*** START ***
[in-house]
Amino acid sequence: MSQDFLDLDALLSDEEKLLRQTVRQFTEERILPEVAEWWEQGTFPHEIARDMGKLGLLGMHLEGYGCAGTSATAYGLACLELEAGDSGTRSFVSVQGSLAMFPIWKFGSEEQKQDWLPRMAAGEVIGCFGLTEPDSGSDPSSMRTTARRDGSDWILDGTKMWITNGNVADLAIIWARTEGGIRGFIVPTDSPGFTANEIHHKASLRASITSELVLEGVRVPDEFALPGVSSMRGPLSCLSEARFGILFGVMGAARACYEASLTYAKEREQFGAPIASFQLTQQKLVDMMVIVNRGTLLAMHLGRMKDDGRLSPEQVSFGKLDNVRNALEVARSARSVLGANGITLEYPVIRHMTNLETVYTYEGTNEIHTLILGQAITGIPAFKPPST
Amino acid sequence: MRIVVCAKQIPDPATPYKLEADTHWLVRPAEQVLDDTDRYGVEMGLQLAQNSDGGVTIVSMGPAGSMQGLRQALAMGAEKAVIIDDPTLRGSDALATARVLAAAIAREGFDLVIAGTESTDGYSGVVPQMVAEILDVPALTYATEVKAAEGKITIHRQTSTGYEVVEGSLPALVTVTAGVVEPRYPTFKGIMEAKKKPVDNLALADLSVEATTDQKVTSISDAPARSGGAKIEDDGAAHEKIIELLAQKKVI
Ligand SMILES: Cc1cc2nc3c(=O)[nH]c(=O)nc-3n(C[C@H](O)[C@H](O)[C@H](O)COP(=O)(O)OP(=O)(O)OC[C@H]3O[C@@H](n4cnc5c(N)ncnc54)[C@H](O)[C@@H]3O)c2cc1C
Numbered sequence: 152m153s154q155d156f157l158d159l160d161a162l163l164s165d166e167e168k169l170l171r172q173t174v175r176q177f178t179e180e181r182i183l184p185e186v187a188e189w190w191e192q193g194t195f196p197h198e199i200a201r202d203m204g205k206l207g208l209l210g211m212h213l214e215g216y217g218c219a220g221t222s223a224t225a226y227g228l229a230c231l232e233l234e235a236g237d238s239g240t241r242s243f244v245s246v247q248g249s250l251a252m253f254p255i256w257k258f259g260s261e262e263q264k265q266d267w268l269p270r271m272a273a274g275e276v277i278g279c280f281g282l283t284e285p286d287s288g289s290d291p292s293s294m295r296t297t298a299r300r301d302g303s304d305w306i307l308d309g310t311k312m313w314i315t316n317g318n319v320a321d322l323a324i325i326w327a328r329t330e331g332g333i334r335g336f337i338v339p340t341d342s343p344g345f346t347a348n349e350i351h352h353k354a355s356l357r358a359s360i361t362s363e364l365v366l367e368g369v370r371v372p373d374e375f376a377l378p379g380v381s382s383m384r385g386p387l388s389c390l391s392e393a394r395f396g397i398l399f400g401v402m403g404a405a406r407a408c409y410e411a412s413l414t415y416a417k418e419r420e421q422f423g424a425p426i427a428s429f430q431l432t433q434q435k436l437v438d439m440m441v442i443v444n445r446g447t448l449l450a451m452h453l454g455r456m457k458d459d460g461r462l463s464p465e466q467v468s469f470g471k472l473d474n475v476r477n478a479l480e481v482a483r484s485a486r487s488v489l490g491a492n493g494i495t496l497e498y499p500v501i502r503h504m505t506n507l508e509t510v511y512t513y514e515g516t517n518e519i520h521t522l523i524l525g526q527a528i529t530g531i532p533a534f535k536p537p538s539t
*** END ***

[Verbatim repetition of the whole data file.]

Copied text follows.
[in-house]
Amino acid sequence: MSQDFLDLDALLSDEEKLLRQTVRQFTEERILPEVAEWWEQGTFPHEIARDMGKLGLLGMHLEGYGCAGTSATAYGLACLELEAGDSGTRSFVSVQGSLAMFPIWKFGSEEQKQDWLPRMAAGEVIGCFGLTEPDSGSDPSSMRTTARRDGSDWILDGTKMWITNGNVADLAIIWARTEGGIRGFIVPTDSPGFTANEIHHKASLRASITSELVLEGVRVPDEFALPGVSSMRGPLSCLSEARFGILFGVMGAARACYEASLTYAKEREQFGAPIASFQLTQQKLVDMMVIVNRGTLLAMHLGRMKDDGRLSPEQVSFGKLDNVRNALEVARSARSVLGANGITLEYPVIRHMTNLETVYTYEGTNEIHTLILGQAITGIPAFKPPST
Amino acid sequence: MRIVVCAKQIPDPATPYKLEADTHWLVRPAEQVLDDTDRYGVEMGLQLAQNSDGGVTIVSMGPAGSMQGLRQALAMGAEKAVIIDDPTLRGSDALATARVLAAAIAREGFDLVIAGTESTDGYSGVVPQMVAEILDVPALTYATEVKAAEGKITIHRQTSTGYEVVEGSLPALVTVTAGVVEPRYPTFKGIMEAKKKPVDNLALADLSVEATTDQKVTSISDAPARSGGAKIEDDGAAHEKIIELLAQKKVI
Ligand SMILES: Cc1cc2nc3c(=O)[nH]c(=O)nc-3n(C[C@H](O)[C@H](O)[C@H](O)COP(=O)(O)OP(=O)(O)OC[C@H]3O[C@@H](n4cnc5c(N)ncnc54)[C@H](O)[C@@H]3O)c2cc1C
Numbered sequence: 152m153s154q155d156f157l158d159l160d161a162l163l164s165d166e167e168k169l170l171r172q173t174v175r176q177f178t179e180e181r182i183l184p185e186v187a188e189w190w191e192q193g194t195f196p197h198e199i200a201r202d203m204g205k206l207g208l209l210g211m212h213l214e215g216y217g218c219a220g221t222s223a224t225a226y227g228l229a230c231l232e233l234e235a236g237d238s239g240t241r242s243f244v245s246v247q248g249s250l251a252m253f254p255i256w257k258f259g260s261e262e263q264k265q266d267w268l269p270r271m272a273a274g275e276v277i278g279c280f281g282l283t284e285p286d287s288g289s290d291p292s293s294m295r296t297t298a299r300r301d302g303s304d305w306i307l308d309g310t311k312m313w314i315t316n317g318n319v320a321d322l323a324i325i326w327a328r329t330e331g332g333i334r335g336f337i338v339p340t341d342s343p344g345f346t347a348n349e350i351h352h353k354a355s356l357r358a359s360i361t362s363e364l365v366l367e368g369v370r371v372p373d374e375f376a377l378p379g380v381s382s383m384r385g386p387l388s389c390l391s392e393a394r395f396g397i398l399f400g401v402m403g404a405a406r407a408c409y410e411a412s413l414t415y416a417k418e419r420e421q422f423g424a425p426i427a428s429f430q431l432t433q434q435k436l437v438d439m440m441v442i443v444n445r446g447t448l449l450a451m452h453l454g455r456m457k458d459d460g461r462l463s464p465e466q467v468s469f470g471k472l473d474n475v476r477n478a479l480e481v482a483r484s485a486r487s488v489l490g491a492n493g494i495t496l497e498y499p500v501i502r503h504m505t506n507l508e509t510v511y512t513y514e515g516t517n518e519i520h521t522l523i524l525g526q527a528i529t530g531i532p533a534f535k536p537p538s539t